At Villa Montessori, many activities are designed to proceed naturally towards the development of skills for reading and writing.  The child first learns the phonetic sounds of the letters, which leads to building short phonetic words, he/she progresses at his/her own pace to reading longer phonetic words and is finally introduced to the different parts of grammar.   

The child is introduced to mathematics through the use of concrete materials.  By working with the specifically designed materials, he/she learns the physical quantities and matching abstract symbols.   The child always works from the concrete to the abstract.  By working with concrete materials, the child can see and understand the operations of Addition, Multiplication, Subtraction, and Division.  A solid foundation is formed for Algebra and Geometry through working with concrete materials. 

Cultural subjects: 
We introduce the children to cultural subjects (Geography, History, Botany, Zoology, Science, Technology, Music and Art).  To help feed their imagination and understanding of the real world during the time that they are the most sensitive to them, which enables them to understand their role and the fact that they are part of the whole system. 


When Maria Montessori began to develop the method of education that now bears her name, she changed much about what currently passed as children’s education.

Tables and chairs were shrunk to child-size, children were given real tasks to do, and observation (not testing) became the key to knowing how a child was progressing.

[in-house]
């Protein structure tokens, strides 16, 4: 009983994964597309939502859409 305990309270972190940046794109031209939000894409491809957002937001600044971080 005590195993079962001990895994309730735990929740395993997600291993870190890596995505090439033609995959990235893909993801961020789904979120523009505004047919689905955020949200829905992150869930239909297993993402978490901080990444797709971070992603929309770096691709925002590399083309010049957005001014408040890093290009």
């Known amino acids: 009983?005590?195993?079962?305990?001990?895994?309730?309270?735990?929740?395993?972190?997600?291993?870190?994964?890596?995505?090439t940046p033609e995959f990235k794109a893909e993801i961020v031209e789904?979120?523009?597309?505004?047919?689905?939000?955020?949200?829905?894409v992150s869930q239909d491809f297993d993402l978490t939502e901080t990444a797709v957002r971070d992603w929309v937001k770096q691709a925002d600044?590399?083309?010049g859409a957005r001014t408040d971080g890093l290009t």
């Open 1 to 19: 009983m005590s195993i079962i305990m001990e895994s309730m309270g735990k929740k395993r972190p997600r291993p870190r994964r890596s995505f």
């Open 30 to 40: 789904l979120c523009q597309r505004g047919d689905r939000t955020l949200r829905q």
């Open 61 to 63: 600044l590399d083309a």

To provide each child with a well-rounded individualised educational and developmental experience that is grounded in Montessori principles and that nurtures an enduring love of learning. We guide the child towards independence and self-confidence, creating a strong foundation on which to build future learning.

Working at Child’s Own Pace:
Because teachers do not have to set the instruction pace by a whole group, each child is given the ability to learn at his or her own pace. This is a striking difference from traditional education, where everyone turns to page 33 of the book and stays there until every child understands the concept.
Learning from Each Other:
Older children learn to be patient and tolerant, and serve as role models and teachers for the younger children. When an older child teaches a younger one, it reinforces previously learned concepts and is an aid in complete mastery of concepts. Younger children learn about courtesy, manners, and conflict resolution by watching the older children in the class.